The title is intended to draw the obvious parallel to Michael Pollan’s treatise, “The Omnivore’s Dilemma,” but there are a multitude of differences.
Let’s start out with some observations about, and comparisons of, the authors. Pierre Desrochers is an associate professor in geography at the University of Toronto with a rich background in agriculture and economics. His wife and Locavore Dilemma co-author, Hiroko Shimizu is an international public policy specialist. Omnivore’s Dilemma author Michael Pollan is a journalism professor at UC Berkeley.
Pollan’s narrative is a very well-written piece of prose. Desrochers and Shimizu’s offering, while thoroughly researched and carefully crafted, reads a bit like a college textbook expanded from a policy paper (which it was.)
I don’t say that to be critical, because the policy wonk/historian side of me thoroughly enjoyed Locavore and enthusiatically gobbled it up in short order. The former literature student side preferred the Pollan read, as inaccurate, pompously personal and preachy as it was. I suppose that’s where the meat of these observations lie. If you’re not careful, the Pollan book sells you a romantic, bucolic bill of goods, while Locavore cites science, economics and history that completely blows that notion out of the water.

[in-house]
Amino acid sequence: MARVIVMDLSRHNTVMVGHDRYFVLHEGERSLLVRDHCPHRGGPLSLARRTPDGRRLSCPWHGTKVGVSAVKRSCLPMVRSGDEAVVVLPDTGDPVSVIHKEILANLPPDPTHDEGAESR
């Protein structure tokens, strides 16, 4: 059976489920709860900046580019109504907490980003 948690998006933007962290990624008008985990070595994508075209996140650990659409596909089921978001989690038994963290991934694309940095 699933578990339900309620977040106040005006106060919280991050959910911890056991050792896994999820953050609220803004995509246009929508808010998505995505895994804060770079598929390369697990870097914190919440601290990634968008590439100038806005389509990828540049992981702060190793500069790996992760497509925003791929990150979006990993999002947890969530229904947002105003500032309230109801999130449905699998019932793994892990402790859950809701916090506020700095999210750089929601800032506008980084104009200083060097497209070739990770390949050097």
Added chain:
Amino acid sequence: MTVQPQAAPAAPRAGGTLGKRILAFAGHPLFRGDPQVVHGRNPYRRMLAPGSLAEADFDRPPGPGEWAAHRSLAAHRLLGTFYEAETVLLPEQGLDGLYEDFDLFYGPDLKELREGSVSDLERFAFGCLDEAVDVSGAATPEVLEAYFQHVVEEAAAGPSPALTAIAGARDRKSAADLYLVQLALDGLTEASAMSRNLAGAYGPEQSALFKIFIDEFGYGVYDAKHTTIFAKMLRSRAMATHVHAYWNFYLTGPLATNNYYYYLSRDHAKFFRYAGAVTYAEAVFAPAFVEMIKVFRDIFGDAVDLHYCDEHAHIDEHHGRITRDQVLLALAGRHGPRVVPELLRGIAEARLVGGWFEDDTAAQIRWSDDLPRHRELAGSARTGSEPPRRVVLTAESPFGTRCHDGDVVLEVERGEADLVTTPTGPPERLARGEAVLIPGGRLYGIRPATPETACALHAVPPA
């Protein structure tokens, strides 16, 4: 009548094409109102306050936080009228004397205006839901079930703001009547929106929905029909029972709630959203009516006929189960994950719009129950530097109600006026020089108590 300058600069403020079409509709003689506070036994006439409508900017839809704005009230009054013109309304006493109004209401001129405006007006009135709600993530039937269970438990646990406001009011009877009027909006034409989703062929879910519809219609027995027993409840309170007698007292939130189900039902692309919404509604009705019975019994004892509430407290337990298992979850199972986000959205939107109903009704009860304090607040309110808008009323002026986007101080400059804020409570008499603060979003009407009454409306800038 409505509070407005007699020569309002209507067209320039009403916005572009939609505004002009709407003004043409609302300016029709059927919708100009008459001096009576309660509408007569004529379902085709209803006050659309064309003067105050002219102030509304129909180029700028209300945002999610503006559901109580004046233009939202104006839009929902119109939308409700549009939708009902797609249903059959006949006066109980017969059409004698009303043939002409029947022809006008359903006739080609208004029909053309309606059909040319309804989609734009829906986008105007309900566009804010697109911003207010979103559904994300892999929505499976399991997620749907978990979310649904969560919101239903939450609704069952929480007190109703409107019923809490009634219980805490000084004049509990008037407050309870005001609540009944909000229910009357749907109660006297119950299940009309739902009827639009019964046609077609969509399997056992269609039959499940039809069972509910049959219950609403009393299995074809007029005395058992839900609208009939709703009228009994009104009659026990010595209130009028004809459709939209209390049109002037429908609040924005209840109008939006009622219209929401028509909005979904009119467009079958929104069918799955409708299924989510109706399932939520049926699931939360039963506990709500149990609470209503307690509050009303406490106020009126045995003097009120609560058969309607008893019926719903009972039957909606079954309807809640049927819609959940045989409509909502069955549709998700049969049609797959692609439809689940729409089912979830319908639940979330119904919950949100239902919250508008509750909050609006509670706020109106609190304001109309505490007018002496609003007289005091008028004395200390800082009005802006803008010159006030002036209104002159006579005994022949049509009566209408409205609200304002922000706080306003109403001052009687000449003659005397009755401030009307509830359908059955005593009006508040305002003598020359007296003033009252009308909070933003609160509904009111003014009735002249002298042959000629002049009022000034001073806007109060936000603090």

The first thing that really leaps from this book is that the current movement is a reworking of previous efforts to proselytize adherents to a local land of milk and honey. They all failed, some failed miserably. And, this is not an American phenomenon – there have been similar efforts – for various reasons – all over the world.
Locavore sets the stage by establishing the concept of SOLE food (Sustainable, Organic, Local and Ethical) then systematically knocks down this house of cards by debunking the movement’s myths about social capital, economics, environmentalism, food security and health benefits. Take notes and keep them on your smart phone or tablet so you can quickly make reference when engaging in conversation. The book’s discussion and complete dismissal of the concept of food miles is well documented and convincing.
The forward was written by Missouri Farm Bureau president Blake Hurst (The Omnivore’s Delusion) and is an engaging, albeit mildly curmudgeonly, discourse that is not to be overlooked.
Now, here’s the thing as I see it. There is absolutely nothing wrong with shopping farmers markets and growing your own food. Where the problem comes in is when a personal preference is pushed as a panacea to the ills of the world and it’s supporters are so zealous as to promote it at any cost and try to see it instituted as public policy. If food production methods were so much better a century ago, why was change so readily embraced? Locavore offers some thoughtful and thought-provoking suggestions about how that question might be answered.